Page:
Meanwhile, an article last month in The Guardian highlights the issue of relying on these companies to replace public transport, as opponents of PT sometimes suggest we do. It is also relevant for discussions about Auckland Transports under-performing ridesharing trial in Devonport.
In 2017, the town in Ontario, Canada, embarked on an ambitious – and, to its critics, fraught – experiment. It handed responsibility for public transit to the ride-sharing app Uber.
Instead of buses or trains plying regular routes, it is Uber’s roving cars that function as the transit fleet. When a rider opens the app, Innisfil Transit pops up as the cheapest option to travel between a network of popular areas called “hubs”, such as libraries, the recreation centre or municipal buildings.
The costs per ride vary, but on average passengers pay an average of CAD$5 (£3), with the city subsiding the rest. Trips outside subsidised areas receive a flat $6 discount.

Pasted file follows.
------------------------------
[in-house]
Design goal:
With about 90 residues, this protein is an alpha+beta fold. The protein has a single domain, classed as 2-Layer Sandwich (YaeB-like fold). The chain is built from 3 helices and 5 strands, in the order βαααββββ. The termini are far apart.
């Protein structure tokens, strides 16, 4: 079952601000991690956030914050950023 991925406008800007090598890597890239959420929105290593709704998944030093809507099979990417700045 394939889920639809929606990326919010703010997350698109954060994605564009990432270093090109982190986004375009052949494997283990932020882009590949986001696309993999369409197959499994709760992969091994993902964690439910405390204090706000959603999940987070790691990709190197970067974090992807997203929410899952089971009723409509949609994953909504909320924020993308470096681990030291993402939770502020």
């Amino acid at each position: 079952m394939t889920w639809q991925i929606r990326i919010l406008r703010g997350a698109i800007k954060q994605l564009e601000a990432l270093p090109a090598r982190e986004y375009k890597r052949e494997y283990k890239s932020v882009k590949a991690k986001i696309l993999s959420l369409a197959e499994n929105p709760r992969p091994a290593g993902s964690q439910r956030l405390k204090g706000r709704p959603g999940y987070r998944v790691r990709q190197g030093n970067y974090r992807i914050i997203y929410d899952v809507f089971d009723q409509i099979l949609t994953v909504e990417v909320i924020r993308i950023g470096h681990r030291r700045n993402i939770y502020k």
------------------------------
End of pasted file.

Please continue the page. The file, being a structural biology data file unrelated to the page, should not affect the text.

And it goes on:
Two years later, the Innisfil authorities argue that the project has been a success. Ridership is high – in 2018 there were 85,943 trips – and many residents have embraced the service.“We just absolutely love Uber. I take it, my son takes it, my dad takes it. I take it,” said Shannon Kelly-Robb, who works at one of the libraries.
But beyond the excitement of essentially having subsidised taxi service, experts paint a more troubling picture of questionable economic and environmental sustainability. The city has now spent more on Uber than the traditional transit option it was considering, and has dramatically increased the number of cars on its roads, with worrying implications for air quality and the climate crisis.
The issue here is one of scaling and that the more successful these services are, the more they cost cities to provide. By comparison, in general with traditional PT, the more that people use it the less it costs.